Ritchie: State Budget Includes Welcome Boost to Farmers
New Funding, Initiatives to Help NY’s Leading Industry Grow
State Senator Patty Ritchie today announced that the new state budget restores cuts to key agriculture programs, while adding new funding and a new marketing initiative to help farmers grow.
Senator Ritchie, chair of the Senate Agriculture Committee, once again led efforts to stop funding cuts to key programs aimed at boosting productivity and strengthening the bottom lines of 36,000 family farmers who are at the center of New York’s leading industry.
For the first time in years, the budget also includes new funding, and a new initiative that makes it easier for farmers to market products to government agencies, creating an opportunity for dramatically expanded markets. Many of the provisions were included in Senator Ritchie’s sweeping “Grown in New York” legislative plan to boost agriculture.
“For two years, my focus has been on stopping budget cuts and ensuring that farmers continued to receive the support they need to make their businesses more productive and profitable,” Senator Ritchie said.
“Now, New York’s farmers are poised to grow, and state government is stepping up with new and restored funding, and initiatives to help them take advantage of expanding markets and new opportunities,” Senator Ritchie said/
“That’s what ‘Grown in New York’ sought to accomplish, and it’s what we have done with this new budget plan.”
On Sunday, the Senate gave its approval to a budget bill that encourages state agencies to purchase more local food, by giving them expanded authority to spend up to $200,000 for “food commodities that are grown, produced or harvested in New York.”
That provision echoes a proposal by Senator Ritchie and Senator Thomas Libous, called “Buy from the Backyard,” that would also encourage more local purchases.
And the Legislature is expected to act shortly on budget bills that increase funding for key agriculture research, marketing, education and promotion, including:
· $1.7 million for the New York Farm Viability Institute, a farmer-led nonprofit that sponsors dozens of agricultural research and other programs across Central, Northern and Upstate New York to help bolster farmers’ bottom lines. The total is more than $1.2 million above than the Governor originally proposed, and includes $220,000 to expand so-called dairy profit teams to help boost farmers’ bottom lines;
· $884,000 for Cornell University’s FarmNet program—an increase of nearly $400,000—to help struggling farmers with services, counseling and assistance;
· $500,000 restoration for Northern New York Agricultural development. The program was eliminated in the Governor’s budget;
· $40,000 for research aimed at helping farmers who want to take advantage of the state’s growing microbrewing niche, under provisions of a new law sponsored by Senator Ritchie;
· $1 million each to state apple growers (an increase of $794,000 above the Governor), to help farmers who suffered significant weather-related crop loss last year, and for expanded marketing of New York wine and grape products (an increase of $287,000);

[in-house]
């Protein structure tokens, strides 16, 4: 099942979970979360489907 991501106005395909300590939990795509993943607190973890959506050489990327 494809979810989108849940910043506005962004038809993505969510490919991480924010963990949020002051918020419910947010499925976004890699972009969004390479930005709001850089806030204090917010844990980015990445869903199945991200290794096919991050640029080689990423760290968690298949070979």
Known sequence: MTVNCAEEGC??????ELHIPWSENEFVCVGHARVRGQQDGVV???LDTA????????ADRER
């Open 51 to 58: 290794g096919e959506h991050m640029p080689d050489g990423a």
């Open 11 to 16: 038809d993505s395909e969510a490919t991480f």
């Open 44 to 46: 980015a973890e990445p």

· $125,000 for promotion of New York maple products, representing a restoration of $100,000 and a $25,000 increase from last year;
· $100,000 restoration to continue the state’s highly successful tractor rollover prevention program. Tractor accidents are a leading cause of on-the-farm injuries and fatalities, and funding was eliminated in the Governor’s budget;
· $200,000 in new funding to help berry growers combat invasive species that are destroying their crops;
· $150,000 in new funding for turf growers, and $100,000 in new funding for Christmas tree farmers. New York ranks seventh for Christmas tree production in the US;
· Increased funding for prevention of rabies, following growing incidences of the disease on farms and among wildlife, and the mosquito-borne EEE virus.
“New York, especially northern New York, is in the beginning of an agricultural revolution. Our farmers are working hard to meet the demand for more dairy, more value added products, and more healthy nutritious food, grown locally and also exported across the world. These agriculture budget proposals support the needed assistance in research and development for meeting this opportunity and revolution. We applaud Senator Ritchie for having the vision to invest in agriculture,” said Jay M. Matteson, Jefferson County Agricultural Coordinator.
“The board of the NY Farm Viability Institute would like the thank Senator Ritchie, chair of the Senate Agricultural Committee, for her support in securing funding for the work the Institute does,” said Jim Bittner, the Institute’s chairman, and a Western NY fruit farmer. “The Institute funds agricultural research and education projects that are targeted to improve the efficiency and profitability of agricultural producers . With this new funding, we will be able to continue and expand this work to keep New York producers on the cutting edge in an ever changing world.”
“We appreciate the efforts of Senator Patty Ritchie as Chair of the Senate Agriculture Committee to include the Northern New York Agricultural Development Program in the state budget deliberations and for recognizing how valuable it is to invest in this research, outreach and technical assistance programs for the agricultural industry across the North Country,” said Northern New York Agricultural Development Program Co-Chair Jon Greenwood, a dairy farmer in St. Lawrence County.
The Senate is expected to act on the agriculture portion of the state budget in the next few days. The Assembly is scheduled to act on the bills later this week.